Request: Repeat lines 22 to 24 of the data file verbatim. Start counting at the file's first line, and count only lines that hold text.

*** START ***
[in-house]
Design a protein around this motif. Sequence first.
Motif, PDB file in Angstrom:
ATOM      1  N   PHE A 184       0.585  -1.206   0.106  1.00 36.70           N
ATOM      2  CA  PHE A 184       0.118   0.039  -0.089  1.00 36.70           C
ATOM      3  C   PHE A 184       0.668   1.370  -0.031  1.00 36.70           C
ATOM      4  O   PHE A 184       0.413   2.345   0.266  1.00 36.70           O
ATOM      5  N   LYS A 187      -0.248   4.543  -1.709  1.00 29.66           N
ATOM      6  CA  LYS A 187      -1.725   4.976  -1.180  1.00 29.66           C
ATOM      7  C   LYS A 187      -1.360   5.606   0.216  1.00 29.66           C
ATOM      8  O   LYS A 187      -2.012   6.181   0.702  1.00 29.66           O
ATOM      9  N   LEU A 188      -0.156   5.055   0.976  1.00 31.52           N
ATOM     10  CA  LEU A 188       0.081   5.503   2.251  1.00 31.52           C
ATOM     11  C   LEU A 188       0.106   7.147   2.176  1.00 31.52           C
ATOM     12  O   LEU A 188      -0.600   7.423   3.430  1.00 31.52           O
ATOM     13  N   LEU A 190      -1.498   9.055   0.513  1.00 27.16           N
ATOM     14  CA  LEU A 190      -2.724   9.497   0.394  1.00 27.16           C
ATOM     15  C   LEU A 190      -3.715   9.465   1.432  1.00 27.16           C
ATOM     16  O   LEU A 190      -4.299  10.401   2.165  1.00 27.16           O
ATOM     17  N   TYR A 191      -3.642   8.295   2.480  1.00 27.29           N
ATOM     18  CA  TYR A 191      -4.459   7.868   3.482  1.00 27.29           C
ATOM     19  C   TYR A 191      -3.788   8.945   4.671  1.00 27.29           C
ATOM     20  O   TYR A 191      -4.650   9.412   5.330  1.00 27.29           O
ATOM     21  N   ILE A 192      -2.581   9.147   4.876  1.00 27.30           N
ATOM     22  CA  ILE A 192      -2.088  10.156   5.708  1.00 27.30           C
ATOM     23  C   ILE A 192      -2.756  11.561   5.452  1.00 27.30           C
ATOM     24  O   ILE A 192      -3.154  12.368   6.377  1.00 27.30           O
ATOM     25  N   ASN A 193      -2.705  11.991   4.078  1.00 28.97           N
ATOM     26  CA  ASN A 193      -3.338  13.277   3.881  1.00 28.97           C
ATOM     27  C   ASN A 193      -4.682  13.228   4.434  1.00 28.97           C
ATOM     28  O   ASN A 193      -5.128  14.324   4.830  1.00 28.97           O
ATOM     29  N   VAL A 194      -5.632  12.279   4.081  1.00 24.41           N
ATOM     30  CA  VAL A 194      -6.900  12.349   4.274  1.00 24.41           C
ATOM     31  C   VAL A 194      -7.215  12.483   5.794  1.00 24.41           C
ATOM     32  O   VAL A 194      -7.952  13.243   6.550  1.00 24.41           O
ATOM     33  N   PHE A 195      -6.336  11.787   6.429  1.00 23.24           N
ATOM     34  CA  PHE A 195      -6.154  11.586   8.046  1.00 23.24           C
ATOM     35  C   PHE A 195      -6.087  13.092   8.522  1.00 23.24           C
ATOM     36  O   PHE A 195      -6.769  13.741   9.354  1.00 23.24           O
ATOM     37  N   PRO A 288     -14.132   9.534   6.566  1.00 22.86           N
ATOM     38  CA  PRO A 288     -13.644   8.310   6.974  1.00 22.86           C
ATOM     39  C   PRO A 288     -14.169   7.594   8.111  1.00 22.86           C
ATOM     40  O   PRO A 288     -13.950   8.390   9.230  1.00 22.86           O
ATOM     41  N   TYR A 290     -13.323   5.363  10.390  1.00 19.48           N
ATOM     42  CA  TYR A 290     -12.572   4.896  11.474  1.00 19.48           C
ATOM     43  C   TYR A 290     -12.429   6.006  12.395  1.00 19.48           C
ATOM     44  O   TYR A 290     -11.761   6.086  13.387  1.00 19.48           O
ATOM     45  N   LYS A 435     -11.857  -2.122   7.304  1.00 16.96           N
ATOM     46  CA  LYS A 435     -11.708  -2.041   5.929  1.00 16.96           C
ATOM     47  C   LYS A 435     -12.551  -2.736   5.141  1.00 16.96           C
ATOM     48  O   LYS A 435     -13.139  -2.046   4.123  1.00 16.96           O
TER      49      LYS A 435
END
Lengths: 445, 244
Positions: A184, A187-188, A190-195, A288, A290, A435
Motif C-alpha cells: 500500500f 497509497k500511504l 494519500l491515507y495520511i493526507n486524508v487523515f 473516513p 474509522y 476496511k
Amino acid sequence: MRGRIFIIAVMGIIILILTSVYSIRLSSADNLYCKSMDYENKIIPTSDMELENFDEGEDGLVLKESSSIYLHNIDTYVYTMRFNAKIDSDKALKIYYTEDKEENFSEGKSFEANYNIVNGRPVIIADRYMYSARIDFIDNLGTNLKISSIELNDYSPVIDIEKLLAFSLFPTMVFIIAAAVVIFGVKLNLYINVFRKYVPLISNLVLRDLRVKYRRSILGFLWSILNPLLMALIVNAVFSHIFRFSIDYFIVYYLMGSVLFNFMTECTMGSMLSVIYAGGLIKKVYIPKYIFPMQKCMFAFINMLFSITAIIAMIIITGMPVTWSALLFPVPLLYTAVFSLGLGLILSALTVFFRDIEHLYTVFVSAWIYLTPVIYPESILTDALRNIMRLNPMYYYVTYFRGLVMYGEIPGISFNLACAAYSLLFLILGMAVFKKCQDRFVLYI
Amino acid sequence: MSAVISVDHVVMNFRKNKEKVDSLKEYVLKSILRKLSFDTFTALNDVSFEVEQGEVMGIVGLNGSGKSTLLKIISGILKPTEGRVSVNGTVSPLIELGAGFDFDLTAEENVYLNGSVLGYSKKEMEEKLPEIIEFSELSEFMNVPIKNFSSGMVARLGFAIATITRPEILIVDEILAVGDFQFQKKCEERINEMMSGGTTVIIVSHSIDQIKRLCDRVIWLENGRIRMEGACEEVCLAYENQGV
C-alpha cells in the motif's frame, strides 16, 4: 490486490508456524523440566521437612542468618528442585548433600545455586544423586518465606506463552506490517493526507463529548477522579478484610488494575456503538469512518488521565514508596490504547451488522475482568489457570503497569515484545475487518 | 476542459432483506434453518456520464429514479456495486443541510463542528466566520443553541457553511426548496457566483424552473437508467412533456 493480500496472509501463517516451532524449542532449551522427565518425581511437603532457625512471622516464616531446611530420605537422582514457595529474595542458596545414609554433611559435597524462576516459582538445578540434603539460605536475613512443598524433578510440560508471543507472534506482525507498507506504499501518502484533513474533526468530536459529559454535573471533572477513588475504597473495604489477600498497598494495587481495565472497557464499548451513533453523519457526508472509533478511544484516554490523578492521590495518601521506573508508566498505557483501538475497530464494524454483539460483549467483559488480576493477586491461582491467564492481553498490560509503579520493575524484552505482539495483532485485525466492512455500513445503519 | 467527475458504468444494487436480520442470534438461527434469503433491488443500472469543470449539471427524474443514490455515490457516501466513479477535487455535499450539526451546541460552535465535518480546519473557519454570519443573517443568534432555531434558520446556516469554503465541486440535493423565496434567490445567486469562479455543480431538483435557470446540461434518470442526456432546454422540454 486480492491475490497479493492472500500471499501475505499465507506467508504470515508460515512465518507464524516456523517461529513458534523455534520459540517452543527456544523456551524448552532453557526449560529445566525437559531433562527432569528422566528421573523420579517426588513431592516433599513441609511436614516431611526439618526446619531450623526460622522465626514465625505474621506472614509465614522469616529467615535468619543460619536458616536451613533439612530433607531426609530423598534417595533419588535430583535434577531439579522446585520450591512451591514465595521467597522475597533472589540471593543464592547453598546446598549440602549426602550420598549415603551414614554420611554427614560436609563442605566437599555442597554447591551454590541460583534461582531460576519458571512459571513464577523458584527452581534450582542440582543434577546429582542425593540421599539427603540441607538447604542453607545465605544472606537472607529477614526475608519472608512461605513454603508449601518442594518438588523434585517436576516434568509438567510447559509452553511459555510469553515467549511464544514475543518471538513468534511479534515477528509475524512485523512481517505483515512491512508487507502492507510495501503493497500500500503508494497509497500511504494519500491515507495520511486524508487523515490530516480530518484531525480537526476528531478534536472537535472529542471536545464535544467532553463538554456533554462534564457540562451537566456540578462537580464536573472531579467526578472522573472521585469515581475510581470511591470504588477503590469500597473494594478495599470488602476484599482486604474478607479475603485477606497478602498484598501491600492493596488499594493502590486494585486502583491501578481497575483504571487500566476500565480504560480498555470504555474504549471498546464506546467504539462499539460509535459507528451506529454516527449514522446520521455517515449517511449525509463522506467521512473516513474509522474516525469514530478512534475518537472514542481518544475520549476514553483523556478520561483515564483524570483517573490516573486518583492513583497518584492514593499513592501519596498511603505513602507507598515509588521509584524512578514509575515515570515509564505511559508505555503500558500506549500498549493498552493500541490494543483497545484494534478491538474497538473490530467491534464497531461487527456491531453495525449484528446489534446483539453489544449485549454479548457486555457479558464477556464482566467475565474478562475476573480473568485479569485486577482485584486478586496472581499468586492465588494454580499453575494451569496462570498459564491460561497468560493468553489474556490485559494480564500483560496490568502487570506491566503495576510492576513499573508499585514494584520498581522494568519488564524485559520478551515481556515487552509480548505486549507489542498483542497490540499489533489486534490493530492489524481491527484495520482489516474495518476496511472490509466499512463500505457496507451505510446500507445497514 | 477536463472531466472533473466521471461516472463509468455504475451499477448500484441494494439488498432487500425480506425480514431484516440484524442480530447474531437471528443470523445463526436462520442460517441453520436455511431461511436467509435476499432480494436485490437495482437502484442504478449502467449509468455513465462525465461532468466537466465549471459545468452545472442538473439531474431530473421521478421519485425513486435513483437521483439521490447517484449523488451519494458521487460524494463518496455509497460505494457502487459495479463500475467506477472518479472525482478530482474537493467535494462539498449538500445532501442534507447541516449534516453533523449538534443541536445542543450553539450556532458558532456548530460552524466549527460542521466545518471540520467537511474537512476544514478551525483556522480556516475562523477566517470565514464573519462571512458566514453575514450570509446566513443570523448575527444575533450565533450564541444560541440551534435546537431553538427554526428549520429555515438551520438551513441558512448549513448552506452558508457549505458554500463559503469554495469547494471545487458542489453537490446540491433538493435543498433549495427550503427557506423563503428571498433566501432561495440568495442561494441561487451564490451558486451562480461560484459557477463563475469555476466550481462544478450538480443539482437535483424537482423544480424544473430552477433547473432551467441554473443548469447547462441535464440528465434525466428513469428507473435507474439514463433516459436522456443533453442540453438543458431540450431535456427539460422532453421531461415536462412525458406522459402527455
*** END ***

ATOM     19  C   TYR A 191      -3.788   8.945   4.671  1.00 27.29           C
ATOM     20  O   TYR A 191      -4.650   9.412   5.330  1.00 27.29           O
ATOM     21  N   ILE A 192      -2.581   9.147   4.876  1.00 27.30           N